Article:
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R2-D2, C-3PO, Robby the Robot, Robocop and the T-1000 all better step aside to make room: As of this weekend, there will be a new robo-star in town.
His name is WALL-E — an acronym for Waste Allocation Load Lifter Earth-Class — and the little fella is a bit of a drone who has been left behind on Earth to clean up mankind’s mess. The hero of Pixar’s latest, similarly titled “WALL-E,” he makes his debut in 3,992 theaters nationwide as Disney rolls out the G-rated film.
While the weekend’s other new wide release, the R-rated action film “Wanted,” should do a brisk business of its own, it’s not looking to compete for the crowds expected to rush to embrace “WALL-E.”
The early reviews have been ecstatic, hailing the Pixar team, this time headed by director Andrew Stanton (“Finding Nemo”) for raising the animation bar again. So it’s a safe bet that Pixar will enjoy its ninth successive No. 1 opening.
“Certainly, the reviews that have been springing up all day have been nothing short of fantastic,” Disney distribution chief Chuck Viane said. “And with schools out for vacation, there is a big family audience out there.”
With kids finally out of school nationwide, there should be plenty of demand for the movie, even though DreamWorks Animation’s “Kung Fu Panda,” which has held up well, enters its fourth weekend.
“WALL-E,” which cost about $120 million, is not expected to bow as big as 2004’s “The Incredibles” ($70.5 million) or 2003’s “Finding Nemo” ($70.3 million), but it is expected to top the $47 million opening that “Ratatouille” achieved last summer as it pushes well into $50 million territory, possibly even flirting with the $60 million mark.
Instead of going head-to-head, Universal is aiming for a different segment of the market with “Wanted,” in which James McAvoy plays an everyman drawn into a world of high-powered assassins by a supercharged Angelina Jolie and Morgan Freeman. Director Timur Bekmambetov, until now known for the Russian “Night Watch” movies, orchestrates the nonstop action in 3,175 theaters.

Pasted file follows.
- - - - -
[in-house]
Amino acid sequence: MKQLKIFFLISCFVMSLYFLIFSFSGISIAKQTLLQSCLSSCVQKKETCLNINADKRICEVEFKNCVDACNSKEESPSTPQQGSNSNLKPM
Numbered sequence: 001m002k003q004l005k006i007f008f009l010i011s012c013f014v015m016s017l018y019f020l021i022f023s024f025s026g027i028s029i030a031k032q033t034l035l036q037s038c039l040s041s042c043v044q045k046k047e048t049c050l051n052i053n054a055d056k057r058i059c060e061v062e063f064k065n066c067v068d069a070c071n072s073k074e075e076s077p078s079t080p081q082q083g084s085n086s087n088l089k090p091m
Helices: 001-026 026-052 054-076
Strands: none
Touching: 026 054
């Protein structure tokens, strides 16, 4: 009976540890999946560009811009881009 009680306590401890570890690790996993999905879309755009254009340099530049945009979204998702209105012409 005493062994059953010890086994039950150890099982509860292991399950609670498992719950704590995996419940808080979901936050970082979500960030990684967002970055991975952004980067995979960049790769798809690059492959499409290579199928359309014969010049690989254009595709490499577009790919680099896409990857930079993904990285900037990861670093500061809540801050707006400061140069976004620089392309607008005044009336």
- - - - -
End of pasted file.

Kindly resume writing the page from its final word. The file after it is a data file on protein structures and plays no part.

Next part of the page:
This year, when the Universal/Spyglass production budgeted at about $75 million was still shooting, Universal shifted its release date from March to this weekend.
“We saw an opportunity for counterprogramming and took advantage of it,” Universal distribution head Nikki Rocco said. “The movie is very fresh and very different. And it’s always a great thing when there’s room for two films to play to different audiences.”
As a result, “Wanted” is positioned to debut as a strong No. 2 — handicappers place its likely weekend haul in the mid- to high-$30 million range — which should set it up to play through the following Fourth of July holiday weekend, even with “Hancock,” starring Will Smith, laying claim to the top spot.
This frame, with the combined muscle of “WALL-E” and “Wanted,” should keep the boxoffice elevated above the comparable weekend last year — when “Ratatouille” and “Live Free or Die Hard” topped the rankings — for the fifth weekend in a row.
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